Electronic attack, also called electronic countermeasures, is part of electronic warfare, which uses of electromagnetic energy, directed energy, or antiradiation weapons to attack personnel, facilities, or equipment with the intent of degrading, neutralizing, or destroying enemy combat capability.
Electronic attack may attempt to "burn out" and permanently destroy its targets, but it is most likely to make it temporarily ineffective, with its users aware of that fact, or to make the target provide false information. The former is called, among other things, generic jamming, while the latter may be called deceptive jamming.
Meaconing is a specific form of deceptive jamming directed at navigational systems. It will receiving radio beacon, or navigational radar, signals and rebroadcasting them, on the same frequency to confuse navigation. The meaconing stations cause inaccurate bearings to be obtained by aircraft or ground stations. Meaconing also includes deception directed at active navigational aids, which, in normal operation, transmit a response signal on a different frequency than used to trigger the aid. In such cases, meaconing sends out a stronger faked response to confuse other receivers.
Targeting electronic attack
It will be necessary to know the opponent's electronic order of battle, including the types, locations, and operating characteristics of his electronics. At the tactical level, collecting such information is often called electronic support.
Electronic support may combine with signals intelligence (SIGINT) provided by higher-level organizations. SIGINT further divides into communications intelligence about radios and other human-oriented systems, and electronic intelligence against radar, electronic navigation aids, and weapons guidance systems.
High-power jammers also act as beacons identifying the position of the jammer. Air-to-air missiles, for example, often have a home-on-jam mode that overrides their tracking radar and sends them directly at the jammer. Ground jammers can easily be targeted by enemy artillery.
The ability to turn brute-force jamming against itself is a strong inducement to use more subtle deceptive jamming, disposable jammers or jammers on unmanned platforms, or multiple jammers among which signal transmission is switched.
Electronic attack can be directed against cellular telephony. In many countries, it is illegal for private individuals to interfere with such communications; the legal means of preventing cell phone use are restrictive to passive shielding against the radio signals used by the telephones. Some localities permit active jamming if its scope stays totally within the premises of the jamming operator.
Since cellular telephones have been used frequently to trigger improvised explosive devices, security and military organizations do use jammers, such as the AN/ALQ-30. That system is also capable of intercepting cellular telephony, and there is often a tradeoff between the value of communications intelligence gained from cellular traffic and the ability to interfere with an opponent's command and control.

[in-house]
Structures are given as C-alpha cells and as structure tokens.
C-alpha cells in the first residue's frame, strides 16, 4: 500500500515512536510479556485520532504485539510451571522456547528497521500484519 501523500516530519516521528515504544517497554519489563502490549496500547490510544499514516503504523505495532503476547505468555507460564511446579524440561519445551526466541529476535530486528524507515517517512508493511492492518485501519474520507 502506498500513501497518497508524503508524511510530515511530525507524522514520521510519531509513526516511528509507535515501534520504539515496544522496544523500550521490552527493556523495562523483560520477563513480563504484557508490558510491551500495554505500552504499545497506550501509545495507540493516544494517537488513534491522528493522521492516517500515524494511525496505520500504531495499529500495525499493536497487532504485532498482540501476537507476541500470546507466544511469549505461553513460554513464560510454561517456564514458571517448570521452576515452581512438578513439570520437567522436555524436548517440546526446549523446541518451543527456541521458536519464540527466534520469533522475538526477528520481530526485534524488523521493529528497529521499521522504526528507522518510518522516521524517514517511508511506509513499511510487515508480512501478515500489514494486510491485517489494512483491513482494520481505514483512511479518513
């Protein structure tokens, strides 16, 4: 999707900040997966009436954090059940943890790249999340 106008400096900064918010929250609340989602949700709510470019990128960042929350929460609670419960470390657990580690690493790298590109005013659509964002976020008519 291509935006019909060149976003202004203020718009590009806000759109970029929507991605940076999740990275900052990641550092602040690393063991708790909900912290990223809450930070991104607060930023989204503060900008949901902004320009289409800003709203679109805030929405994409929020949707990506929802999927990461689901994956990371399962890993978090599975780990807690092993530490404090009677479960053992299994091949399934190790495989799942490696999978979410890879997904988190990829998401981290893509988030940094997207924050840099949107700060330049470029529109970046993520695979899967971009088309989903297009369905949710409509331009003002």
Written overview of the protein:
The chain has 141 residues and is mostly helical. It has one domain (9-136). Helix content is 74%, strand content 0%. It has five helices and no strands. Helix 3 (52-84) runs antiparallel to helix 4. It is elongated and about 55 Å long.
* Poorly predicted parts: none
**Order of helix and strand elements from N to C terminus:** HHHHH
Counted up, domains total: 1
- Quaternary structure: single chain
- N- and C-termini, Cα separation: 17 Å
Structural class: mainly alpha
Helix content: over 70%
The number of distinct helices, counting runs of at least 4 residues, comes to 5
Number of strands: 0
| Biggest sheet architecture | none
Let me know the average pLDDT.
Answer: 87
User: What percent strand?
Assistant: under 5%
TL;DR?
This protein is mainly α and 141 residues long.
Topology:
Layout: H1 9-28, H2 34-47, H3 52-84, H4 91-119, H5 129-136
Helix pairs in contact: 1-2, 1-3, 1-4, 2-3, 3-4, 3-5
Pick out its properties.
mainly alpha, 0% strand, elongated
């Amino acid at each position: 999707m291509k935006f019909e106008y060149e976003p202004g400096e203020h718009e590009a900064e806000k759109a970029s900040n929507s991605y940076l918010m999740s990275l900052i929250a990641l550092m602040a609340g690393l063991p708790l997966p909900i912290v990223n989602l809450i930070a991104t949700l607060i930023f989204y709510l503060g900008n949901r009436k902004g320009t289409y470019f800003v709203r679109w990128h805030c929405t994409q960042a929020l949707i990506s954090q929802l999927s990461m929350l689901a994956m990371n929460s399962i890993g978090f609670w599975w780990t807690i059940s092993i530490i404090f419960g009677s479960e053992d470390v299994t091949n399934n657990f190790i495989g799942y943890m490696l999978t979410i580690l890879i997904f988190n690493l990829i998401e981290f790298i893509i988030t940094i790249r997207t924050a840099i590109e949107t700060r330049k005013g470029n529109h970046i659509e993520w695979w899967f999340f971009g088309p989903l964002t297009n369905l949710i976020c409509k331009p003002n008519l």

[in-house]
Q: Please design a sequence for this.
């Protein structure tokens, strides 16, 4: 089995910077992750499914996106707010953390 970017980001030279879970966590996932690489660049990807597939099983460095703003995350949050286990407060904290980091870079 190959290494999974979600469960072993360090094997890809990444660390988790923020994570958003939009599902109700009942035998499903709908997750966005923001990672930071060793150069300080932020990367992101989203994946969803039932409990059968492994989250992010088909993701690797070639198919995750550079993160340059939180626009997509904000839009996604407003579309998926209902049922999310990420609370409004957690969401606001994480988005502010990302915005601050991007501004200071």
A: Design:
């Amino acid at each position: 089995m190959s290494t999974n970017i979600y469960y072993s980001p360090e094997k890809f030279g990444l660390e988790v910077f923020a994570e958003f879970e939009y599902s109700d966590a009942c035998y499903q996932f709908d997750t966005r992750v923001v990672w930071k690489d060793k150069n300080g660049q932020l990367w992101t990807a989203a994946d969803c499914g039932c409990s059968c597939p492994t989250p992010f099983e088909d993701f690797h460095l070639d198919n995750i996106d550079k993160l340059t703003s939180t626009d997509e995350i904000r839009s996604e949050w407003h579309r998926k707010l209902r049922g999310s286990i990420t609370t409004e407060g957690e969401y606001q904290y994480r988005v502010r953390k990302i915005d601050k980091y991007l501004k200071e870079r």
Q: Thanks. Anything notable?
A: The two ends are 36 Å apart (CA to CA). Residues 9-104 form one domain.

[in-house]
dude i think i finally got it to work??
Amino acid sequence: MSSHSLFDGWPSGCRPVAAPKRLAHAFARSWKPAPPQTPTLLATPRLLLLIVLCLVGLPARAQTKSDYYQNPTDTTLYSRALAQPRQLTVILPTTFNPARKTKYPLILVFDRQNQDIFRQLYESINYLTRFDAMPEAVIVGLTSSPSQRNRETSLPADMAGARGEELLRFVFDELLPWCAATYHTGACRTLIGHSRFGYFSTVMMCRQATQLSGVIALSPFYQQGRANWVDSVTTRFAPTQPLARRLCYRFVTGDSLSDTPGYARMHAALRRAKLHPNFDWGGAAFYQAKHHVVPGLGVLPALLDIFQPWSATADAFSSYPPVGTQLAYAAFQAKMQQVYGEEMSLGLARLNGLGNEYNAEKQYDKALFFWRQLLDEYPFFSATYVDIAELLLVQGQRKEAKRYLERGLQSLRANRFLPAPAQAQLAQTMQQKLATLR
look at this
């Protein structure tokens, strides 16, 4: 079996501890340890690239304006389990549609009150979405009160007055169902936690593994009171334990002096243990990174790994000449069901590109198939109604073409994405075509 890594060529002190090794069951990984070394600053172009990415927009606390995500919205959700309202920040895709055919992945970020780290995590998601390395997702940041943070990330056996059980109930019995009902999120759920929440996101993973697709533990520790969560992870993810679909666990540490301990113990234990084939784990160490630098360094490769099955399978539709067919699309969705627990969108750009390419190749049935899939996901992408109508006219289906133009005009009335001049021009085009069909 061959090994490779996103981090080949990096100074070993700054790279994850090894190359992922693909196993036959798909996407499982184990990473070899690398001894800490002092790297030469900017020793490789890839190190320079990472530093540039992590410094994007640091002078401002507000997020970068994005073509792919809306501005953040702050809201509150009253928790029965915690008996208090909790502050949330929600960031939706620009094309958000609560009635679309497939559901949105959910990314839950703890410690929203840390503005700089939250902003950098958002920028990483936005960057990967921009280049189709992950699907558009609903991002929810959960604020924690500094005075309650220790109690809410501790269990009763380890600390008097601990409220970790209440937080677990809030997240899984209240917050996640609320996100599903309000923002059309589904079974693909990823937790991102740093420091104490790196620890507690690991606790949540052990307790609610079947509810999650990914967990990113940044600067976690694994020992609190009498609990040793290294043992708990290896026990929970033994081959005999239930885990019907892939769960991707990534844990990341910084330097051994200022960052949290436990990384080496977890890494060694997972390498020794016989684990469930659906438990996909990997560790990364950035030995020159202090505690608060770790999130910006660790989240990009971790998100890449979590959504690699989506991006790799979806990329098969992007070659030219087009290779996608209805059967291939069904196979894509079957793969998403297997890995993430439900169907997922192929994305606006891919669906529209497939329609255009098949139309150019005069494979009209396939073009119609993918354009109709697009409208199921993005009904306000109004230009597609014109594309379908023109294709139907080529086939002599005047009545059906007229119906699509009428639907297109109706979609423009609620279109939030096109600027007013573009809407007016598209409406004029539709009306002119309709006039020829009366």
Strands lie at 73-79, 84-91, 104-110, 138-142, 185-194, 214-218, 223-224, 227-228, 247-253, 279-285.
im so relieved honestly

One of the challenges, other than in governmental and military security such as that described above, is that commercial jammers are not specific to individual telephones. While there unquestionably is much annoying misuse of phones, and potentially privacy abuses by camera phones -- those without local storage unaffected by jamming -- the concern must be addressed that cellular communication is a legal service. There is a considerable body of law, long preceding the cell phone, that prohibits interference with lawful communications (e.g., U.S. Communications Act of 1934).
While it may be overly exaggerated, the scenario has been proposed that nonspecific jammer in a movie theater can also block legitimate emergency calls, both in and out. A patron with a medical emergency, who may not be able to summon assistance, will not be able to reach 911 or the appropriate national code for a universal emergency telephone number system.
Some jammer vendors ship only from a few countries, as more countries may prohibit the domestic sale or even manufacture of such devices.
Defending against electronic attack
A wide range of electronic protection measures can be used to defend against electronic attack. They may be passive, such as shielding one's own equipment, using highly directional antennas, or other techniques. Active defenses are often called electronic counter-countermeasures, and include making one's signal hard to detect and thus attack (i.e., low probability of intercept, rapidly changing frequencies (i.e., frequency agility) or transmitting/receiving locations (e.g., multistatic techniques, mixing the signal with noise (i.e., spread spectrum), and a wide range of other methods.